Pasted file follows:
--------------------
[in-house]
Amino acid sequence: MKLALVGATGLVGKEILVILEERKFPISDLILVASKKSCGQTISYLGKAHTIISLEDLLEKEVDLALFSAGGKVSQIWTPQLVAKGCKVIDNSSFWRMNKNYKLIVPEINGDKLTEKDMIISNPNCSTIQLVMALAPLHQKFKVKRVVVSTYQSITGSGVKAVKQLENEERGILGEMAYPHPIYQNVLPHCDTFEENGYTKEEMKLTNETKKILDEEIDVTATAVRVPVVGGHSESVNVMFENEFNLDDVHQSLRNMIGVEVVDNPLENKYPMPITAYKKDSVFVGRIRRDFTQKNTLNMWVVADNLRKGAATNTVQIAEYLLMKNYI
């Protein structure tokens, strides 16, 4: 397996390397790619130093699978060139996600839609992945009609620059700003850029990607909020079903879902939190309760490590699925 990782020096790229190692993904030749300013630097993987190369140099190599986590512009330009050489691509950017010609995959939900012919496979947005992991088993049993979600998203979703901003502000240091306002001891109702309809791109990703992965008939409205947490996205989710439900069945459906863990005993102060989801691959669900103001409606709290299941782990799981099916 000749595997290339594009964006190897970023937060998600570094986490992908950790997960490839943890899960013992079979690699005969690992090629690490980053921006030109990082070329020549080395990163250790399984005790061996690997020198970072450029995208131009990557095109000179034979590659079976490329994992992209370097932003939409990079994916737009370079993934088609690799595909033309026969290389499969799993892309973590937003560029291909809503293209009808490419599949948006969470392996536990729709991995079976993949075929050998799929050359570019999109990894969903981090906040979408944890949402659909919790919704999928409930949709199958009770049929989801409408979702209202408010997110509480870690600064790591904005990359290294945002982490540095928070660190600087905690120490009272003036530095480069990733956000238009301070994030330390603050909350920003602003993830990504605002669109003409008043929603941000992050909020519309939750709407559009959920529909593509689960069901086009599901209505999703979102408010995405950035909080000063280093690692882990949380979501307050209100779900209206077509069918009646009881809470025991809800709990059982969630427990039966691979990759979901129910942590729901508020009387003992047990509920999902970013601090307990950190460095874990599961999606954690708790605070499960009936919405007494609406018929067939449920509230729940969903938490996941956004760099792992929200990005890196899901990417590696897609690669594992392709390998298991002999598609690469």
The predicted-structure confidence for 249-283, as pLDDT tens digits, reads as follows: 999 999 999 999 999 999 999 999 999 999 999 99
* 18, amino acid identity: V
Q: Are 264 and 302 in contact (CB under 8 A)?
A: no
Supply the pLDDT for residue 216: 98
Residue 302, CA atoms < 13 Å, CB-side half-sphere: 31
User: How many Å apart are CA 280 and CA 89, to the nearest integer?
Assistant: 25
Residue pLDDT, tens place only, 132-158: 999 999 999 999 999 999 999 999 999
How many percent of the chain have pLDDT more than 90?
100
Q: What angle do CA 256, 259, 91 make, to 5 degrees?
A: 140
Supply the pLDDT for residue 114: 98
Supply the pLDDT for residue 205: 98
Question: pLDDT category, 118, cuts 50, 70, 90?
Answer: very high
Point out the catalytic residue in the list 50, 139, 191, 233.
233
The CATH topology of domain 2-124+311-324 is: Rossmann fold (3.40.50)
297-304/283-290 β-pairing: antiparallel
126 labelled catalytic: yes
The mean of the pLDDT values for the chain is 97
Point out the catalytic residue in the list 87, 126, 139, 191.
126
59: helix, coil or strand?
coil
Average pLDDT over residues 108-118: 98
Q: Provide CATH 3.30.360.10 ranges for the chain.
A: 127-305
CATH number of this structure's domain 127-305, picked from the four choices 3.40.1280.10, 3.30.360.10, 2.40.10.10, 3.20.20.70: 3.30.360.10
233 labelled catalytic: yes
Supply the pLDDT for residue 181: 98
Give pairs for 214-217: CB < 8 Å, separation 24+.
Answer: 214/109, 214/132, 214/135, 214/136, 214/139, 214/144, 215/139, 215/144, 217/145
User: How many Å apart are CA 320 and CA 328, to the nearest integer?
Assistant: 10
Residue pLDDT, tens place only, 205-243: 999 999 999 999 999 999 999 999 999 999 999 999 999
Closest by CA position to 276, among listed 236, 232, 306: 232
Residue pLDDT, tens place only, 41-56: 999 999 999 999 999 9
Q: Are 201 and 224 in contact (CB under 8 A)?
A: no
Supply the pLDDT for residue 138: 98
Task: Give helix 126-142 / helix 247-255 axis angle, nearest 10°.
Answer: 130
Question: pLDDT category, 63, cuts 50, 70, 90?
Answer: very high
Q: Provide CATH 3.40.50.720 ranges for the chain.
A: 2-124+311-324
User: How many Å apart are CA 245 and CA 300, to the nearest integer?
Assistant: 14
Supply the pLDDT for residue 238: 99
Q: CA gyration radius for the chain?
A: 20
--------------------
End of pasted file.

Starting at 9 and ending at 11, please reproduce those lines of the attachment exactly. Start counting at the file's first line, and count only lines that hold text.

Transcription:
Residue 302, CA atoms < 13 Å, CB-side half-sphere: 31
User: How many Å apart are CA 280 and CA 89, to the nearest integer?
Assistant: 25